If you’re planning a trip to Boston or coastal New England, consider visiting Plymouth, Massachusetts to experience a place you’ve undoubtedly learned about, but may not have yet visited.
Plymouth, Massachusetts takes its local history far beyond the textbooks, delving into the individuals, customs and aspirations that formed the small town as it is known today.
With no shortage of museums to peek into, a quintessential New England waterfront, and a tiny but vibrant downtown district, there are plenty of things to do in Plymouth MA that will keep you engaged — whether you’re visiting on a day trip from Boston or spending a week by the harbor.
Through displays, interactive activities, and restoration efforts, the town’s cultural institutions take extra care to acknowledge and continue excavating the region’s complete history. When you feel you’ve had your limit of historic attractions for the day, water excursions, local restaurants and a walkable town center invite you to not only spend the evening in town, but to stay awhile.
Ready to learn more? Here are 13 things to do in Plymouth MA that you and your crew are going to adore.
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COOLEST PLACES TO STAY IN PLYMOUTH MA
- Best Beach Cottage: Located in Plymouth, just 4.2 miles from Plimoth Plantation, this Cozy Cottage is a 5-minute walk to Priscilla Beach and features a shared lounge, a private beach area, barbecue facilities and free WiFi.
- Best ON The Beach: After Dune Delight is located right on the beach — and we mean…ON it. The vacation home is equipped with 4 bedrooms and has everything you need for a wonderful family vacation.
- Best Tried and True: Hilton Garden Inn Plymouth is just off Highway 3, under three miles from Plymouth Rock and Plimoth Plantation. Breakfast is served daily in their Garden Grille & Bar, and evening room service is provided by 99 Restaurant.
EXPLORE PLYMOUTH ROCK AND PILGRIM MEMORIAL STATE PARK
Housed in a designated viewing area on the Plymouth waterfront, Plymouth Rock is undoubtedly one of the United States landmarks you learn about as a child, but never get around to seeing in person. It’s also a natural first stop on any historical itinerary of the Plymouth area.
Marking the spot where the Mayflower landed in the 17th century, the rock itself may seem smaller than expected; it won’t be the boulder you imagined, but a much smaller stone that can be viewed by looking down into a protected display.
This very rock was singled out by the Pilgrims to mark their arrival on America’s East Coast, and it bears plenty of battle marks from being moved and mishandled over the past three centuries. However, it is now in its final resting place, preserving a nation’s worth of history behind a seemingly unassuming facade.
Plymouth Rock sits within Pilgrim Memorial State Park, which overlooks the town’s small harbor. The park is also home to the Mayflower II, a replica of the pilgrims’ famous vessel. It’s an ideal spot to take a breather after exploring town on foot or look out over the water after pondering Plymouth Rock.
A visit here is truly one of the best things to do in Plymouth MA!
TAKE TO THE WATER AT PLYMOUTH HARBOR
Plymouth is a pillar of New England’s seafaring culture, and getting out on the water yourself introduces you to the region’s maritime lifestyle firsthand. Try a harbor cruise, whale watching tour or fishing charter with a local service like Captain John Boats or Captain Tim Brady & Sons.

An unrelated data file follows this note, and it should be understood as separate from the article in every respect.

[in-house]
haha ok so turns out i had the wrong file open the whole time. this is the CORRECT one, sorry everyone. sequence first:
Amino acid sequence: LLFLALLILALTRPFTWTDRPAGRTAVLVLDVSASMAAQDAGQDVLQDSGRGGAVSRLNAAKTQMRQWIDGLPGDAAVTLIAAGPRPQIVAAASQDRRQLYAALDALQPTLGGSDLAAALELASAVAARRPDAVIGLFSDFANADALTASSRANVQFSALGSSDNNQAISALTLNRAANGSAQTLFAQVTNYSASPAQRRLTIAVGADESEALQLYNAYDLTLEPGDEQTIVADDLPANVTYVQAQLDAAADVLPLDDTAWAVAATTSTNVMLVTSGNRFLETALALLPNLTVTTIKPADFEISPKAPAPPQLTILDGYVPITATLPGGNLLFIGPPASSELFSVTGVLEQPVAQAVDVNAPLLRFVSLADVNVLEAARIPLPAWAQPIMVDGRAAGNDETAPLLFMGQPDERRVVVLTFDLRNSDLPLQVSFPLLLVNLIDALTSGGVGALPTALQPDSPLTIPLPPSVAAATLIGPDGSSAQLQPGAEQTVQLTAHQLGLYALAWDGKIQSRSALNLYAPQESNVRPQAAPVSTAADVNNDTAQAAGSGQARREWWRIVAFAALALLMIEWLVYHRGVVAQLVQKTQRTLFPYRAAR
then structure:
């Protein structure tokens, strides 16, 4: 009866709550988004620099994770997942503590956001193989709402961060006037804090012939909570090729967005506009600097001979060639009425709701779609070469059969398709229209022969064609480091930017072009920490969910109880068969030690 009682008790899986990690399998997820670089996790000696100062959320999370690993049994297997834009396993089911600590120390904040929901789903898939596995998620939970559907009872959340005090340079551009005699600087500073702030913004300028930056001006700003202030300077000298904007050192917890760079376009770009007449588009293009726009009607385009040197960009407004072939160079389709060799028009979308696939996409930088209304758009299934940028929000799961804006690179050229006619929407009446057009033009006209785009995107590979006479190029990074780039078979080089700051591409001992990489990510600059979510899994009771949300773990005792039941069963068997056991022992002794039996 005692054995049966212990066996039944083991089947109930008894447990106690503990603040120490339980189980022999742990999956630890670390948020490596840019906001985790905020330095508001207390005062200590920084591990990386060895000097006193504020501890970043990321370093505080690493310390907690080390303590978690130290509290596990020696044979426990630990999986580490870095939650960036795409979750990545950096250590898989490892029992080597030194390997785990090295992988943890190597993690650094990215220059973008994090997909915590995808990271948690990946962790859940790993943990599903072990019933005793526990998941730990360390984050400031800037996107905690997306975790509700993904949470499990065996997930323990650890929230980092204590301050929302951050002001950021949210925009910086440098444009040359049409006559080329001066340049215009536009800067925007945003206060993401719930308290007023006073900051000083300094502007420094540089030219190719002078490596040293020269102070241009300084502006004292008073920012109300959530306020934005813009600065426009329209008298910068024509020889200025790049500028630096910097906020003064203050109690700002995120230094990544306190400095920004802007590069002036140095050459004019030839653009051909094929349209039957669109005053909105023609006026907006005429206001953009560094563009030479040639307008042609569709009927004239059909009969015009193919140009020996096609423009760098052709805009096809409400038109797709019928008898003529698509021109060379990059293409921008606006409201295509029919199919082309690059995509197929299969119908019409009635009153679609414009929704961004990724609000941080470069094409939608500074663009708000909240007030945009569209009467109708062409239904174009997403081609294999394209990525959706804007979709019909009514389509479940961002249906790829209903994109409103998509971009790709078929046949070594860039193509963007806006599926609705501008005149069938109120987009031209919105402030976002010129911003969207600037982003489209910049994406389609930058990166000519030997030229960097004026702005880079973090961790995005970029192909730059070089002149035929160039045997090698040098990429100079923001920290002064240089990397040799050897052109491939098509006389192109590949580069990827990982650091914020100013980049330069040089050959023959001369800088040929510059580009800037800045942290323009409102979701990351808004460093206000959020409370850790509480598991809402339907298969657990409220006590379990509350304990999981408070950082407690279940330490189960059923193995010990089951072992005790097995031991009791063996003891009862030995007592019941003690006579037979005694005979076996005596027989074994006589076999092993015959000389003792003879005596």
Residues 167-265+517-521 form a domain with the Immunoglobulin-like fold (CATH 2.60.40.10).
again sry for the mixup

There’s nothing like exploring the harbor with the help of an expert, and chances are you’ll hear plenty of local lore while you’re at it. Onboard and alone with the waves, it’ll be easy to imagine approaching the rugged Plymouth coast centuries ago.
Captain John Boats also offers fast ferry service from Plymouth to Provincetown, where you can enjoy amazing views of Plymouth Harbor and Cape Cod Bay.
Whale watching cruises tend to be especially memorable, especially if you spot one of the marine giants shooting a spout of water over the horizon.
TOUR THE PLIMOTH PATUXET MUSEUMS
Located just south of Plymouth Long Beach, the Plimoth Patuxet Museums make up a series of historic sites and interactive re-constructions preserving the customs and way of life of early European settlers and Native Americans.
All of the attractions are within walking distance of one another and focus on a different element of life in Plymouth. The museums are a mix of indoor and outdoor spaces, so you’ll want to plan accordingly.
WATCH THE WHEELS TURN AT PLIMOTH GRIST MILL
Hovering over Town Brook, the reconstructed Plimoth Grist Mill is worth a stop as you tour the Plimoth Patuxet history museums.
Boasting an operational waterwheel and grinding floor, the mill staff teaches visitors about the significance of the original mill and the cornmeal production process once used by early settlers. The mill even produces its own grits, cornmeal and flour.
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HOP ABOARD THE MAYFLOWER II
Constructed to reflect the Pilgrims’ original watercraft, Plimoth Paxutet’s Mayflower II invites guests to tour the ship while learning about the historic role of its 17th century predecessor.
With the exception of a few contemporary twists and the staircase connecting the ship’s decks, the vessel is true to history, so that visitors can place themselves in the shoes of the trans-Atlantic travelers.
THE 17TH-CENTURY ENGLISH VILLAGE